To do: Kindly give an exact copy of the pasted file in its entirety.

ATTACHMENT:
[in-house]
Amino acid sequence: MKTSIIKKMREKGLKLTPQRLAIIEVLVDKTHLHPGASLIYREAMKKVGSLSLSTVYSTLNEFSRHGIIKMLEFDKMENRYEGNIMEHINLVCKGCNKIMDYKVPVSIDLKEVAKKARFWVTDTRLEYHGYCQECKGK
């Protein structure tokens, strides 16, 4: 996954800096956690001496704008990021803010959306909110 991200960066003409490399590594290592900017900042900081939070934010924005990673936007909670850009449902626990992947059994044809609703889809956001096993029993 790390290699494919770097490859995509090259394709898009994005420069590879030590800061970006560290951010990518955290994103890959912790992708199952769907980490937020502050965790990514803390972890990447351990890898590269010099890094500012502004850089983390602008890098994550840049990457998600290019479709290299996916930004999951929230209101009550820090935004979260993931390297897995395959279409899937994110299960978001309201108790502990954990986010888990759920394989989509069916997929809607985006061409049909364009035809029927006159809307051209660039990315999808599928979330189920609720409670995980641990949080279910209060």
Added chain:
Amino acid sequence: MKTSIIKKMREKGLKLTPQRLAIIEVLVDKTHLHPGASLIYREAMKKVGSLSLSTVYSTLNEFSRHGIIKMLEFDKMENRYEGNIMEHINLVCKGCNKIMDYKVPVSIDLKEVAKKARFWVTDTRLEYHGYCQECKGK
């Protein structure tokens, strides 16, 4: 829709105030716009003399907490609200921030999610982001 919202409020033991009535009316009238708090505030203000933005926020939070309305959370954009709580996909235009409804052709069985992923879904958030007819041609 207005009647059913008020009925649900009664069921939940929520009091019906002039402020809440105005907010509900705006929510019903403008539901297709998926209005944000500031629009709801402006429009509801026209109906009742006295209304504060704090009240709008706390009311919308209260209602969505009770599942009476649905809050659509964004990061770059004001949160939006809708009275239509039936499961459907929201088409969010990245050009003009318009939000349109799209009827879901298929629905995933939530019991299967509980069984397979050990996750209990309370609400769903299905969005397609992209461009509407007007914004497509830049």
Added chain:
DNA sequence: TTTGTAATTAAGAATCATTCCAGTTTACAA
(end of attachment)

[in-house]
Amino acid sequence: MKTSIIKKMREKGLKLTPQRLAIIEVLVDKTHLHPGASLIYREAMKKVGSLSLSTVYSTLNEFSRHGIIKMLEFDKMENRYEGNIMEHINLVCKGCNKIMDYKVPVSIDLKEVAKKARFWVTDTRLEYHGYCQECKGK
């Protein structure tokens, strides 16, 4: 996954800096956690001496704008990021803010959306909110 991200960066003409490399590594290592900017900042900081939070934010924005990673936007909670850009449902626990992947059994044809609703889809956001096993029993 790390290699494919770097490859995509090259394709898009994005420069590879030590800061970006560290951010990518955290994103890959912790992708199952769907980490937020502050965790990514803390972890990447351990890898590269010099890094500012502004850089983390602008890098994550840049990457998600290019479709290299996916930004999951929230209101009550820090935004979260993931390297897995395959279409899937994110299960978001309201108790502990954990986010888990759920394989989509069916997929809607985006061409049909364009035809029927006159809307051209660039990315999808599928979330189920609720409670995980641990949080279910209060």
Added chain:
Amino acid sequence: MKTSIIKKMREKGLKLTPQRLAIIEVLVDKTHLHPGASLIYREAMKKVGSLSLSTVYSTLNEFSRHGIIKMLEFDKMENRYEGNIMEHINLVCKGCNKIMDYKVPVSIDLKEVAKKARFWVTDTRLEYHGYCQECKGK
């Protein structure tokens, strides 16, 4: 829709105030716009003399907490609200921030999610982001 919202409020033991009535009316009238708090505030203000933005926020939070309305959370954009709580996909235009409804052709069985992923879904958030007819041609 207005009647059913008020009925649900009664069921939940929520009091019906002039402020809440105005907010509900705006929510019903403008539901297709998926209005944000500031629009709801402006429009509801026209109906009742006295209304504060704090009240709008706390009311919308209260209602969505009770599942009476649905809050659509964004990061770059004001949160939006809708009275239509039936499961459907929201088409969010990245050009003009318009939000349109799209009827879901298929629905995933939530019991299967509980069984397979050990996750209990309370609400769903299905969005397609992209461009509407007007914004497509830049």
Added chain:
DNA sequence: TTTGTAATTAAGAATCATTCCAGTTTACAA